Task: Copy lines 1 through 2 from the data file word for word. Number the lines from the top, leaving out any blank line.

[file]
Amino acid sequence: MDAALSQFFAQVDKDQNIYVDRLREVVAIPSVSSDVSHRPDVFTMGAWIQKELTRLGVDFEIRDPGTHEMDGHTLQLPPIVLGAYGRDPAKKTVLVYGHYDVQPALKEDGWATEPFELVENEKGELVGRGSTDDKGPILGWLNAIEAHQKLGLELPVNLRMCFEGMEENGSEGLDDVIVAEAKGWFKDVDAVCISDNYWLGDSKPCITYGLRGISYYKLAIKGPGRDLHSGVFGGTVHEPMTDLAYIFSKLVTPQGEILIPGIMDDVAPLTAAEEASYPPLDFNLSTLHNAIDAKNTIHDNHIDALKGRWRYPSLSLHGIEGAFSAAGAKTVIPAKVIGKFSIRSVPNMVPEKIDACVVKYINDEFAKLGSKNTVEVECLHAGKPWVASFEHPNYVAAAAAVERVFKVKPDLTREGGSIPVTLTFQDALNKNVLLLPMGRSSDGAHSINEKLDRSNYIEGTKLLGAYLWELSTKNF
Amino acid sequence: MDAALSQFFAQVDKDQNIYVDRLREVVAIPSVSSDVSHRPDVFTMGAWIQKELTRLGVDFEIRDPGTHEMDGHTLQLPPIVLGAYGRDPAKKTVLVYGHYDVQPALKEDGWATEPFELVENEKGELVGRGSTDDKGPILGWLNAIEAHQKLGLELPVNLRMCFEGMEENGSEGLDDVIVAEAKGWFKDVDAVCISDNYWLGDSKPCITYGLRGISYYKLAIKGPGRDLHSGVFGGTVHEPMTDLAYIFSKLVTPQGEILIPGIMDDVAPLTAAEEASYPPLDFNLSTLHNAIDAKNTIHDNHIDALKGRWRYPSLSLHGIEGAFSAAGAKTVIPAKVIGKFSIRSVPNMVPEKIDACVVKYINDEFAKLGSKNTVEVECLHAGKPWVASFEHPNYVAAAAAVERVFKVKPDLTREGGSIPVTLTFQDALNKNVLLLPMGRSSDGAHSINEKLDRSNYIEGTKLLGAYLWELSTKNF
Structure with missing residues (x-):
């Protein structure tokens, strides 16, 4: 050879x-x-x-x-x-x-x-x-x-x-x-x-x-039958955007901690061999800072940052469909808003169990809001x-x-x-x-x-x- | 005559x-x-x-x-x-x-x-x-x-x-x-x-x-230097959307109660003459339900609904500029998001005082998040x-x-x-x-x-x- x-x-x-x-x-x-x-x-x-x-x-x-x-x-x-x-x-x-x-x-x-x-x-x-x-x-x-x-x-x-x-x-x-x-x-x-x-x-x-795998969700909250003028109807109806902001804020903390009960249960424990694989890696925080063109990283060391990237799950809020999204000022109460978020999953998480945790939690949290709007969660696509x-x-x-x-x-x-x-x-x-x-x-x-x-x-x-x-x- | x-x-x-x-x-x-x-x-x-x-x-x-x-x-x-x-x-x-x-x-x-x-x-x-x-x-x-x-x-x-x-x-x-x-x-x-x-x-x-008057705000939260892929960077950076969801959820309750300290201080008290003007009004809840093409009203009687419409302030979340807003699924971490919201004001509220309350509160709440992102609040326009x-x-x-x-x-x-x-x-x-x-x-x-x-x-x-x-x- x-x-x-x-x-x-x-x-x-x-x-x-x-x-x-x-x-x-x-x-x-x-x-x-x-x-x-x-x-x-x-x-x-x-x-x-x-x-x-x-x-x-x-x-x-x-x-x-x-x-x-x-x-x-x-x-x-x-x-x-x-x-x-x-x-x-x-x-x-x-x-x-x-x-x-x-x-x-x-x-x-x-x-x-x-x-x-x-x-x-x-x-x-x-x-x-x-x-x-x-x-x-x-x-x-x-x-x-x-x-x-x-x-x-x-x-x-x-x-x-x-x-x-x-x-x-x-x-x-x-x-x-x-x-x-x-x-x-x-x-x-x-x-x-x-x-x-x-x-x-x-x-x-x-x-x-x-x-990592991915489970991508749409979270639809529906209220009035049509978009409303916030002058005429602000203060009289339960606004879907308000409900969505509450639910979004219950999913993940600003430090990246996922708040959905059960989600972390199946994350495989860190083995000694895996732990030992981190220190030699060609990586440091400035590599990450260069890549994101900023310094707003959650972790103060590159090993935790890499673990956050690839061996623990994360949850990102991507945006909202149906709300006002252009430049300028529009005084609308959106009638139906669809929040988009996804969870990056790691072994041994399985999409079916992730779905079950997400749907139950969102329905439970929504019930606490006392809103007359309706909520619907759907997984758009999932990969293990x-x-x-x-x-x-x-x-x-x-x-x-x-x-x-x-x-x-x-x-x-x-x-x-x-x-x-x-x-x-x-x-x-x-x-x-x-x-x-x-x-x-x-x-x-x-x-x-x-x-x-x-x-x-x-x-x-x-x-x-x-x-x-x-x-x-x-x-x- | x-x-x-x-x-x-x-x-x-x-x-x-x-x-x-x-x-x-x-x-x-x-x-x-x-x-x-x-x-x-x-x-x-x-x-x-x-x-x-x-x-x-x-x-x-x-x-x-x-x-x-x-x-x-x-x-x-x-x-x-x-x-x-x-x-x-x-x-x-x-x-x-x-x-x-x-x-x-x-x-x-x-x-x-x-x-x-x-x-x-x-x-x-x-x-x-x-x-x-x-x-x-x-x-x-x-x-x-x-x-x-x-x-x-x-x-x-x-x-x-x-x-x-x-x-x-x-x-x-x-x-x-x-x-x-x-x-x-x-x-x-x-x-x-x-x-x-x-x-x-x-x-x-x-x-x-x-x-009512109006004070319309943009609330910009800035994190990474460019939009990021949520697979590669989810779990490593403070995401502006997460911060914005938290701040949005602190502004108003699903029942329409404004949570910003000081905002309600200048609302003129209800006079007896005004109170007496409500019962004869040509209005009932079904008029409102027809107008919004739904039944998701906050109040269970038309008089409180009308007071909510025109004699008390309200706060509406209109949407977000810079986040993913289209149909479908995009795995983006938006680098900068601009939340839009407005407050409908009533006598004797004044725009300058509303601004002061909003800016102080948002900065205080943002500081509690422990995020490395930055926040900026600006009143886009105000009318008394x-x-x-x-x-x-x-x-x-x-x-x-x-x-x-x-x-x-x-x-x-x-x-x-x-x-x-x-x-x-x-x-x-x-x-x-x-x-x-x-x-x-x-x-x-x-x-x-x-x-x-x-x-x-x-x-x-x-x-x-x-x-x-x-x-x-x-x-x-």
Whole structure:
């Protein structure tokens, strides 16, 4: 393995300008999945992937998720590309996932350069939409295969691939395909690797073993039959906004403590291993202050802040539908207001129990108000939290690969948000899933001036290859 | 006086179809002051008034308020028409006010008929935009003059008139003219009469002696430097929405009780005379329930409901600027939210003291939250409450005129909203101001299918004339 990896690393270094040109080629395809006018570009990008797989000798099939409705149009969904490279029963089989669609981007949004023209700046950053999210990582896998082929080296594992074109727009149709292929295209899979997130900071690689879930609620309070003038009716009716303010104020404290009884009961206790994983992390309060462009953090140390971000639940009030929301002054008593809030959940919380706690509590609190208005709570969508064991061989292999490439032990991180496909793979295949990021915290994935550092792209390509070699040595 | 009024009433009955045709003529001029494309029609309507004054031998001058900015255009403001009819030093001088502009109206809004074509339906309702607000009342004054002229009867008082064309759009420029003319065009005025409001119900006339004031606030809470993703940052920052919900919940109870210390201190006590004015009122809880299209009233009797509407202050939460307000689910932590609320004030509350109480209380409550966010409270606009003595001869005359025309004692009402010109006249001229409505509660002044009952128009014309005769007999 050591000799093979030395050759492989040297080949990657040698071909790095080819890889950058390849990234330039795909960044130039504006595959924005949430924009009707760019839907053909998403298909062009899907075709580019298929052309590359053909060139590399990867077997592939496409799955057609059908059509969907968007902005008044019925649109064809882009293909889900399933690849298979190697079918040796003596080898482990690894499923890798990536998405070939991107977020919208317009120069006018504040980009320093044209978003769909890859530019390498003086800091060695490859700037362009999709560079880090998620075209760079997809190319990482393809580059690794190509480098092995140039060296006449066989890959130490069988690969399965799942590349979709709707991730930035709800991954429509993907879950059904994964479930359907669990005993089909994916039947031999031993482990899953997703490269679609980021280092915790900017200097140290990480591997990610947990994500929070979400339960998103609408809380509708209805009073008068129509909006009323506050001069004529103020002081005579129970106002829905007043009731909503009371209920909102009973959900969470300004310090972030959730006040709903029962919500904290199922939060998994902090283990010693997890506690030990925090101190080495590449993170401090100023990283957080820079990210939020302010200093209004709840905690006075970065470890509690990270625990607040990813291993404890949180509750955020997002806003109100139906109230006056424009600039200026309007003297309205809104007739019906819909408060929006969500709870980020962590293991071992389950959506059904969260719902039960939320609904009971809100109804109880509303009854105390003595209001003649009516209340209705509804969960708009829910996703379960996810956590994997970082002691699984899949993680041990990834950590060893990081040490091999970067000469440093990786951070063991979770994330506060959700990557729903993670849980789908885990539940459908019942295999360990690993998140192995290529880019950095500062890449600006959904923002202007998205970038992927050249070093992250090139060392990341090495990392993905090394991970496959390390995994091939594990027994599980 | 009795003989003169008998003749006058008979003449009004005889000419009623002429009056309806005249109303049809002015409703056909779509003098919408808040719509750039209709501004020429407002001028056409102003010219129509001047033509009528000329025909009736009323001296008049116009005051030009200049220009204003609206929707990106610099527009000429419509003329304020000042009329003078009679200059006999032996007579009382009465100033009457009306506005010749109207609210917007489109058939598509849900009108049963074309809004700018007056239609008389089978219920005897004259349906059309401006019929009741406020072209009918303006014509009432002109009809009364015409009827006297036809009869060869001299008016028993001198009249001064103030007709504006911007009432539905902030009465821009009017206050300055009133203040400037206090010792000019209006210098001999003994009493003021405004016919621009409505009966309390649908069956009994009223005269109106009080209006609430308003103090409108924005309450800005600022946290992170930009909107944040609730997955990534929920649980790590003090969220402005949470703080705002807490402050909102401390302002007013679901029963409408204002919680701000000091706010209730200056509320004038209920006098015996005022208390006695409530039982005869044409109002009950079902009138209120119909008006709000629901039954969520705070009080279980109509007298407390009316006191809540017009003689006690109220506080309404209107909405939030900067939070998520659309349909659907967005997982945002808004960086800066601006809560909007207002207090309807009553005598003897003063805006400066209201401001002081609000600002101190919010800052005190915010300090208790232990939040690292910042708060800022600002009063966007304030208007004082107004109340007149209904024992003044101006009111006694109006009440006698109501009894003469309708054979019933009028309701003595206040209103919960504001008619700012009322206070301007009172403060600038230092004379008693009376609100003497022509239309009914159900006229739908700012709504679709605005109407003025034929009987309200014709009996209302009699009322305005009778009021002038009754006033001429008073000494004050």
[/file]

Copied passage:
Amino acid sequence: MDAALSQFFAQVDKDQNIYVDRLREVVAIPSVSSDVSHRPDVFTMGAWIQKELTRLGVDFEIRDPGTHEMDGHTLQLPPIVLGAYGRDPAKKTVLVYGHYDVQPALKEDGWATEPFELVENEKGELVGRGSTDDKGPILGWLNAIEAHQKLGLELPVNLRMCFEGMEENGSEGLDDVIVAEAKGWFKDVDAVCISDNYWLGDSKPCITYGLRGISYYKLAIKGPGRDLHSGVFGGTVHEPMTDLAYIFSKLVTPQGEILIPGIMDDVAPLTAAEEASYPPLDFNLSTLHNAIDAKNTIHDNHIDALKGRWRYPSLSLHGIEGAFSAAGAKTVIPAKVIGKFSIRSVPNMVPEKIDACVVKYINDEFAKLGSKNTVEVECLHAGKPWVASFEHPNYVAAAAAVERVFKVKPDLTREGGSIPVTLTFQDALNKNVLLLPMGRSSDGAHSINEKLDRSNYIEGTKLLGAYLWELSTKNF
Amino acid sequence: MDAALSQFFAQVDKDQNIYVDRLREVVAIPSVSSDVSHRPDVFTMGAWIQKELTRLGVDFEIRDPGTHEMDGHTLQLPPIVLGAYGRDPAKKTVLVYGHYDVQPALKEDGWATEPFELVENEKGELVGRGSTDDKGPILGWLNAIEAHQKLGLELPVNLRMCFEGMEENGSEGLDDVIVAEAKGWFKDVDAVCISDNYWLGDSKPCITYGLRGISYYKLAIKGPGRDLHSGVFGGTVHEPMTDLAYIFSKLVTPQGEILIPGIMDDVAPLTAAEEASYPPLDFNLSTLHNAIDAKNTIHDNHIDALKGRWRYPSLSLHGIEGAFSAAGAKTVIPAKVIGKFSIRSVPNMVPEKIDACVVKYINDEFAKLGSKNTVEVECLHAGKPWVASFEHPNYVAAAAAVERVFKVKPDLTREGGSIPVTLTFQDALNKNVLLLPMGRSSDGAHSINEKLDRSNYIEGTKLLGAYLWELSTKNF